When implementing these systems, cost can be a huge factor in whether the transformation actually takes place. These processes need not be as expensive as once believed, however. Not only are there abundant open-source frameworks that can save vast sums of money, it is possible to scale using traditional systems. The challenge here is finding the talent with the knowledge of both the legacy technologies as well as the cutting-edge developments. Frankly, it’s proving difficult to marry those two together. As the demand for staff who are skilled in older technologies decreases, putting together smaller, more agile teams with a greater emphasis on customer ownership can go some way to tackling this situation.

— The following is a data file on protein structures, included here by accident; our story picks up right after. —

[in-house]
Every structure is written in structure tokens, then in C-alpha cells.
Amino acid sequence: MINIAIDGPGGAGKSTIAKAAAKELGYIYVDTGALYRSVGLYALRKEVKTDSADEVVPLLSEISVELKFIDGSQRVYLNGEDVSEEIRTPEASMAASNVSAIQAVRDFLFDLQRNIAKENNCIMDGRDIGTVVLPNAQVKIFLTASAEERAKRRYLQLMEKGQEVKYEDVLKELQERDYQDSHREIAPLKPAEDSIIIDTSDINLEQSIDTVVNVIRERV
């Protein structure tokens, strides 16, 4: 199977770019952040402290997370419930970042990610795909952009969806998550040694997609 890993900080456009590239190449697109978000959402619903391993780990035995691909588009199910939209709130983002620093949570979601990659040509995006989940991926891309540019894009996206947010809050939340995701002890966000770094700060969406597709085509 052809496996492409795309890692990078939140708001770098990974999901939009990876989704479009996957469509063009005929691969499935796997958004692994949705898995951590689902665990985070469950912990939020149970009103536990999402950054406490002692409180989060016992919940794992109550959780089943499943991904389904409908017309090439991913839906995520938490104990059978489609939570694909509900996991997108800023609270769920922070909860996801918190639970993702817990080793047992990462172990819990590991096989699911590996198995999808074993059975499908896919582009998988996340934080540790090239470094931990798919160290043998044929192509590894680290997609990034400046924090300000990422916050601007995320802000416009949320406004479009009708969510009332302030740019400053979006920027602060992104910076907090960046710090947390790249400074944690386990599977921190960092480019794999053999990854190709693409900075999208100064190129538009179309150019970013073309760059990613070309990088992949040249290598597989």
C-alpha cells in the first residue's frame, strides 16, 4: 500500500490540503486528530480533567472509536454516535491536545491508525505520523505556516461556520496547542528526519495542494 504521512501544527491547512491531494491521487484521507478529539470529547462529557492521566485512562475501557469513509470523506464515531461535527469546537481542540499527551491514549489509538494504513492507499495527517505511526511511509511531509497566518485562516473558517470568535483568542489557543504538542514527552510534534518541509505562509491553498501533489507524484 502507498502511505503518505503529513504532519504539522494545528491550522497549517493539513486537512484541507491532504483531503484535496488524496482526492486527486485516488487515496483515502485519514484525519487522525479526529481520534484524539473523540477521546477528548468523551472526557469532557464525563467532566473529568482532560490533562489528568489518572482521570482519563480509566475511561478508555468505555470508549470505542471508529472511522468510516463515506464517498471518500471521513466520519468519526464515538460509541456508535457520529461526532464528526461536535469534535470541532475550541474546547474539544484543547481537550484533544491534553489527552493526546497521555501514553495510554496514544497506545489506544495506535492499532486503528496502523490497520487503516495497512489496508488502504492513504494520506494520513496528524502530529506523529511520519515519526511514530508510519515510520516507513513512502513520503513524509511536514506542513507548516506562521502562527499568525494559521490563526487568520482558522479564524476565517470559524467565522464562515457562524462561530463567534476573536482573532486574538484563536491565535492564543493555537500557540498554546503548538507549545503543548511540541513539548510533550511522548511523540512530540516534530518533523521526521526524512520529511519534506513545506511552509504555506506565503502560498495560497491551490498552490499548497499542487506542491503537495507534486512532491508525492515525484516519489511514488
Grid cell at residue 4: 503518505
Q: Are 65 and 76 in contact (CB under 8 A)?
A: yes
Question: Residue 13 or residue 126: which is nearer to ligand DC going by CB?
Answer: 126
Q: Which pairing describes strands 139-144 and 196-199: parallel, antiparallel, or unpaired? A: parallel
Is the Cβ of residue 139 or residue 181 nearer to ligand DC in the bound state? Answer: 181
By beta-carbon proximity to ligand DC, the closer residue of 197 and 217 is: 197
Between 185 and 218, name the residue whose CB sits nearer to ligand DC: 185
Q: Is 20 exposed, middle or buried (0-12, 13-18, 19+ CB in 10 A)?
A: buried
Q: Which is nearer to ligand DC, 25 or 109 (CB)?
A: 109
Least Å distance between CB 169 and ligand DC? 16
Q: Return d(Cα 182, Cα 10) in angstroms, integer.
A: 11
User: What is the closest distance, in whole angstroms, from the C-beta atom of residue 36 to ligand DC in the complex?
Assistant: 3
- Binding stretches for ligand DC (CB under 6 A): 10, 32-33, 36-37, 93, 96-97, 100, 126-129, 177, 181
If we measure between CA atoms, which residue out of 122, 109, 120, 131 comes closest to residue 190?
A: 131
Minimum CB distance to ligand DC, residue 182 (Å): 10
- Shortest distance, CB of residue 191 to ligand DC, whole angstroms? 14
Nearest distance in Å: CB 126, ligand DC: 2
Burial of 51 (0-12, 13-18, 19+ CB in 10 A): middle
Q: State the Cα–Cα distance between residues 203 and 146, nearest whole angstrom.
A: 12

But technological innovation isn’t just left to the disruptors. Damian Smith, Head of IT at the England & Wales Cricket Board, proposed a fascinating solution to dealing with large scale data. He spoke of two problems: “The BI Problem” and “The IT Problem”. Previous BI methods were long and laborious involving retrieving data from sources, followed by extract, transform and load (ETL) processes into the enterprise data warehouse (EDW), and finally data discovery and analytics. That, combined with an unwillingness to use BI tools has led to very slow activity. Smith and his team have replaced this structure. They now use a data lake, using big data tools for analysis which, Smith estimated, “works nine times out of ten”. Having also built the BI tools into low-code apps, the team don’t have as much to them.